In many ways, Nigeria was built by working people—what we might refer to today as blue-collar employees. It’s a disservice to hold the mind-set that the glass is half-empty when it comes to blue-collar workers.

Myth #7: Blue-collar workers aren’t really professionals.

Sorry, I don’t buy it. Being a professional is an equal opportunity aspiration. This myth is not only ridiculous but it also reeks of ignorance. Being a professional has little to do with the colour of one’s collar. It mostly describes belonging to a particular profession and being good at it.

There are a lot of misconceptions about blue-collar workers and that’s really unfortunate. It’s been said that, “how we see the problem, is the problem.” For those holding any of these myths, that couldn’t be more true.

[size=14pt]Source[/size]

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Re: Dispelling The “Blue-Collar” Myths by Nobody: 9:34am On Aug 12, 2014
Ok. Blue collar job is very good.
Re: Dispelling The “Blue-Collar” Myths by bizngr(f): 10:00am On Aug 12, 2014
adebayor1490: Ok. Blue collar job is very good.
Our graduates should stop looking down on these type of jobs... I have a friend who though studied Electrical and Electronics Engineering still went ahead to learn the skill of underwater welding. This was after he had roamed the street for three years seeking for non-existent white-collar job with our telecom industry. But today, he is a "big boy" in PortHarcourt: going offshore every to weeks.

He was recruited as a blue-collar staff for one of the top oil firms but I know he earns far better than some managers. Plus he works two weeks on and two weeks off.

Learn a skill today!

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Re: Dispelling The “Blue-Collar” Myths by Nobody: 10:20am On Aug 12, 2014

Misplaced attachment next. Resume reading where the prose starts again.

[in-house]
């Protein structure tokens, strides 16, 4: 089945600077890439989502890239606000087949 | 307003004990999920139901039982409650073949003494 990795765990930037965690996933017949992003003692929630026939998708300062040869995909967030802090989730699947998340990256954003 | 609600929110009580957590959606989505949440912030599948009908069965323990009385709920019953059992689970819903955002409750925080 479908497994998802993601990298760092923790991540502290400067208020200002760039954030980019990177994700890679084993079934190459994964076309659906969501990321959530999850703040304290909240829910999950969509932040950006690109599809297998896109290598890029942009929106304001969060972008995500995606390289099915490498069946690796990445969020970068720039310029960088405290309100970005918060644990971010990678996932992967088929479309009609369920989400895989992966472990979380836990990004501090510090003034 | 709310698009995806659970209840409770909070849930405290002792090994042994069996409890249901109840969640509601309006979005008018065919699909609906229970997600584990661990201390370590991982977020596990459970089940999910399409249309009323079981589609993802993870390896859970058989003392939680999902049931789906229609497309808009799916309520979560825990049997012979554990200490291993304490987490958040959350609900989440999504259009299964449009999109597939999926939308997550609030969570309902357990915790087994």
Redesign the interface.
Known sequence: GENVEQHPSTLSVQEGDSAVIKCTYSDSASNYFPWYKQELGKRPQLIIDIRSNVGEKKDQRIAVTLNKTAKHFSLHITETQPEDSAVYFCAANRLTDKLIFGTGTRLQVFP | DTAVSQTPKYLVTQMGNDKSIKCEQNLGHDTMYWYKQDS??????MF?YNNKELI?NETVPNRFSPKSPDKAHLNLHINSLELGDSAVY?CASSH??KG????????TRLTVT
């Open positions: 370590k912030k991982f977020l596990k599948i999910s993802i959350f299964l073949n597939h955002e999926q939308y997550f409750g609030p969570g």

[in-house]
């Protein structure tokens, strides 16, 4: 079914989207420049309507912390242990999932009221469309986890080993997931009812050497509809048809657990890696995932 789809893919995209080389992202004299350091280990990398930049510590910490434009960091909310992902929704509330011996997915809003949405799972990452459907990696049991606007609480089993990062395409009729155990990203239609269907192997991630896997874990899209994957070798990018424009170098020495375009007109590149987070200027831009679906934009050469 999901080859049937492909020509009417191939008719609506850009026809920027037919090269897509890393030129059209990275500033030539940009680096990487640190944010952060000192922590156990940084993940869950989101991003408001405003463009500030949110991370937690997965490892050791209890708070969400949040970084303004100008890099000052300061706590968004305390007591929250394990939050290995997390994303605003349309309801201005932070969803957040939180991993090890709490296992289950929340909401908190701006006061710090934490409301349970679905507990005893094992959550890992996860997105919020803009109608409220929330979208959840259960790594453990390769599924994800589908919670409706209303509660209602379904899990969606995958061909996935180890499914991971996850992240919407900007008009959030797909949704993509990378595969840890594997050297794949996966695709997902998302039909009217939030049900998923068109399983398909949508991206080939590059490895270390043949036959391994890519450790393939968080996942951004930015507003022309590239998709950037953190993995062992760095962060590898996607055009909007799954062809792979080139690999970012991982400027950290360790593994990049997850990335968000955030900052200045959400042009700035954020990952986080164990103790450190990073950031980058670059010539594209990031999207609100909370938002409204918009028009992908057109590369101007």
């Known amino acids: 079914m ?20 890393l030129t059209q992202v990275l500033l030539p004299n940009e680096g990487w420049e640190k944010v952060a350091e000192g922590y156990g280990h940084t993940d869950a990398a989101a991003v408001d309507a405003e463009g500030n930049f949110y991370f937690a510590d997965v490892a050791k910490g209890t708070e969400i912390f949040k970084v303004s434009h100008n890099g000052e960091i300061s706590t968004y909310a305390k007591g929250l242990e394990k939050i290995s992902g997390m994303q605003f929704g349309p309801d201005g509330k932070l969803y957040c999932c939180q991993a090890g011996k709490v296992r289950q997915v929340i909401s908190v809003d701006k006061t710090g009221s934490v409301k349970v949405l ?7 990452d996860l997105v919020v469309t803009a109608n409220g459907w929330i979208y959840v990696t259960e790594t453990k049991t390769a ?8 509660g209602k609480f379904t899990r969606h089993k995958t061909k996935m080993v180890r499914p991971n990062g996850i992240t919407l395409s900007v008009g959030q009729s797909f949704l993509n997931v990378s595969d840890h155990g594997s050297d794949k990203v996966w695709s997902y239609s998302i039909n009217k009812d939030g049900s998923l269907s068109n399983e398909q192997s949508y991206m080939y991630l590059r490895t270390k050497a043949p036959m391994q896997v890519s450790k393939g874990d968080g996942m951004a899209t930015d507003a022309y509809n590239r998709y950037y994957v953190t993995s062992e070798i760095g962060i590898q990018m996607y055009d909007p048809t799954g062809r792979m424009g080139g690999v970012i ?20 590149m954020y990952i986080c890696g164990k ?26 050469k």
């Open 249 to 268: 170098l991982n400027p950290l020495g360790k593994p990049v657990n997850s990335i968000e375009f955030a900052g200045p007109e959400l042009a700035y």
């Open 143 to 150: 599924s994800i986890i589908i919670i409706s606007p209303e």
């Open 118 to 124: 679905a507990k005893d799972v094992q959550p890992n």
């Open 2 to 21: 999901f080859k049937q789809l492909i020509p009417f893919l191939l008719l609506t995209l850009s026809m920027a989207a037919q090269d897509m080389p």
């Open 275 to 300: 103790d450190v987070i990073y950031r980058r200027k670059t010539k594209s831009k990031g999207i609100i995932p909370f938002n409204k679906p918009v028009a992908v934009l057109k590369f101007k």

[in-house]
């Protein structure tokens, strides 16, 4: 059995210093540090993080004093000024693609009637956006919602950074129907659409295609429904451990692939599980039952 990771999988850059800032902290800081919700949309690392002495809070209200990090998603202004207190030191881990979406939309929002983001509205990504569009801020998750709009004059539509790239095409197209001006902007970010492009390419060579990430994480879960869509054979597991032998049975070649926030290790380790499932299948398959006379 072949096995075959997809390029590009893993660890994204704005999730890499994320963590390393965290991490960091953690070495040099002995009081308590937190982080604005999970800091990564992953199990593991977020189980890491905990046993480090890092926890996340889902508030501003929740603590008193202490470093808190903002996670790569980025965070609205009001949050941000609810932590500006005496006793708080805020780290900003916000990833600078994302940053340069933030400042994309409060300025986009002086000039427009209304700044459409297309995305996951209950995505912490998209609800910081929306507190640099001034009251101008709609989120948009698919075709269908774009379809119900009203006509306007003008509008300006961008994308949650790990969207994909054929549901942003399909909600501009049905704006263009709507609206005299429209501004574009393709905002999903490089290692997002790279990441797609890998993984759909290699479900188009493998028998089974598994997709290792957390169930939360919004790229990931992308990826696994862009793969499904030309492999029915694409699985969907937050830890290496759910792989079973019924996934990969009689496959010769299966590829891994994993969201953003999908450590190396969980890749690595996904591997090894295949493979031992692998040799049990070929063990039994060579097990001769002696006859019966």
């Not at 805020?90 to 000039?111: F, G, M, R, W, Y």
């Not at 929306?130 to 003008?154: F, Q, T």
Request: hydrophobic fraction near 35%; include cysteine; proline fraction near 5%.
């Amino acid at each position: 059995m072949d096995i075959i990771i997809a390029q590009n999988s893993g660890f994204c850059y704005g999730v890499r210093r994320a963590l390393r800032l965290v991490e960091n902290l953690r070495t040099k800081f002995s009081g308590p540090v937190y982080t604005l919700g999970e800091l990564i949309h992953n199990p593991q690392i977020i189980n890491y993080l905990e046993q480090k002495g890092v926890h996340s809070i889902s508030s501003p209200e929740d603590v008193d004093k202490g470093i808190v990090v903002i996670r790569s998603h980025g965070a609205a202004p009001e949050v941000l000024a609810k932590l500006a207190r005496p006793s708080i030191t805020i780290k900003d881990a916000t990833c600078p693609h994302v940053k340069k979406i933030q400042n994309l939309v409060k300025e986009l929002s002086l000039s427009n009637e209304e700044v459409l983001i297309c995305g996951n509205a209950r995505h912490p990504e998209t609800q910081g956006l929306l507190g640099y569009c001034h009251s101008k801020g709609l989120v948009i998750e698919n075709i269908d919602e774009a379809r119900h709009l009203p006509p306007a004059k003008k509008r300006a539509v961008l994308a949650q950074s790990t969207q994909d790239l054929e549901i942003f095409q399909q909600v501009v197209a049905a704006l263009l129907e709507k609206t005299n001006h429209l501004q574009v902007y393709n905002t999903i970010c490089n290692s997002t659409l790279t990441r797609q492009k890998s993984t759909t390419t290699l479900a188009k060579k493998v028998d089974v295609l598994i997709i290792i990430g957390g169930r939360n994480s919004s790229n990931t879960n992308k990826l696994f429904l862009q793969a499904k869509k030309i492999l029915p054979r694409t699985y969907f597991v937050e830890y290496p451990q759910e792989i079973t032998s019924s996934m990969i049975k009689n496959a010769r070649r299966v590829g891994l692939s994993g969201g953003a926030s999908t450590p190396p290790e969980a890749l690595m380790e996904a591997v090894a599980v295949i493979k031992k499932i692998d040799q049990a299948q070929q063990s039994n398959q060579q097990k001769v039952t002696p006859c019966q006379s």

Thanks. Is learning computer [engineering or graphic] is also a blue collar job?
Re: Dispelling The “Blue-Collar” Myths by bizngr(f): 10:34am On Aug 12, 2014
adebayor1490: Thanks. Is learning computer [engineering or graphic] is also a blue collar job?
Sometimes depends on the path through which the skill is acquired and the job duties such person is made to perform.

1. If you acquired the skill through out-of-"formal"-classroom scenario and practices then it may be seen as blue-collar. This situation usually requires more of manual labour.

2. If you obtained the knowledge through a recognised degree awarding tertiary institution then you may be viewed as a white-collar worker.

But in all, the major difference is usually:

- White-Collar: managerial, or administrative work (i.e. works in an office/cubicle environment)
- Blue-Collar: manual labour, mechanical, construction etc. (usually works in a workshop, field)

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Re: Dispelling The “Blue-Collar” Myths by donigspain(m): 10:37am On Aug 12, 2014
Nice one @OP...

Frontpage material. Hope our unemployed graduates get to learn a thing from this post. No job is small!
Re: Dispelling The “Blue-Collar” Myths by Nobody: 10:42am On Aug 12, 2014
Thanks jare. God bless u front & back right & left